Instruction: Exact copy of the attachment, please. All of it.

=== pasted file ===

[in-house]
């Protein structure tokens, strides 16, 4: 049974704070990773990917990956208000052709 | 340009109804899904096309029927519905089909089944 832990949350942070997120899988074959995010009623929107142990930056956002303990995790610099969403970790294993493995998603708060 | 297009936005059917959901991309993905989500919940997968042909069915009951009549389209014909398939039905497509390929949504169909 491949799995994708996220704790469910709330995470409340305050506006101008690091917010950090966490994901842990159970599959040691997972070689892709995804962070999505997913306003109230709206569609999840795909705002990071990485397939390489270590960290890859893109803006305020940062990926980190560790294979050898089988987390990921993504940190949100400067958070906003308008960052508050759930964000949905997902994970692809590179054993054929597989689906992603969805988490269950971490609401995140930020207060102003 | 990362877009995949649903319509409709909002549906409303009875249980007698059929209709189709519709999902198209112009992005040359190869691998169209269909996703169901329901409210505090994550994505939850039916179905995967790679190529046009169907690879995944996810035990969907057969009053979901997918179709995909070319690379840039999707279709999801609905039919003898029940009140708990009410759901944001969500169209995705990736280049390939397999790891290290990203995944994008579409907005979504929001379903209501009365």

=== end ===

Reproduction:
[in-house]
């Protein structure tokens, strides 16, 4: 049974704070990773990917990956208000052709 | 340009109804899904096309029927519905089909089944 832990949350942070997120899988074959995010009623929107142990930056956002303990995790610099969403970790294993493995998603708060 | 297009936005059917959901991309993905989500919940997968042909069915009951009549389209014909398939039905497509390929949504169909 491949799995994708996220704790469910709330995470409340305050506006101008690091917010950090966490994901842990159970599959040691997972070689892709995804962070999505997913306003109230709206569609999840795909705002990071990485397939390489270590960290890859893109803006305020940062990926980190560790294979050898089988987390990921993504940190949100400067958070906003308008960052508050759930964000949905997902994970692809590179054993054929597989689906992603969805988490269950971490609401995140930020207060102003 | 990362877009995949649903319509409709909002549906409303009875249980007698059929209709189709519709999902198209112009992005040359190869691998169209269909996703169901329901409210505090994550994505939850039916179905995967790679190529046009169907690879995944996810035990969907057969009053979901997918179709995909070319690379840039999707279709999801609905039919003898029940009140708990009410759901944001969500169209995705990736280049390939397999790891290290990203995944994008579409907005979504929001379903209501009365």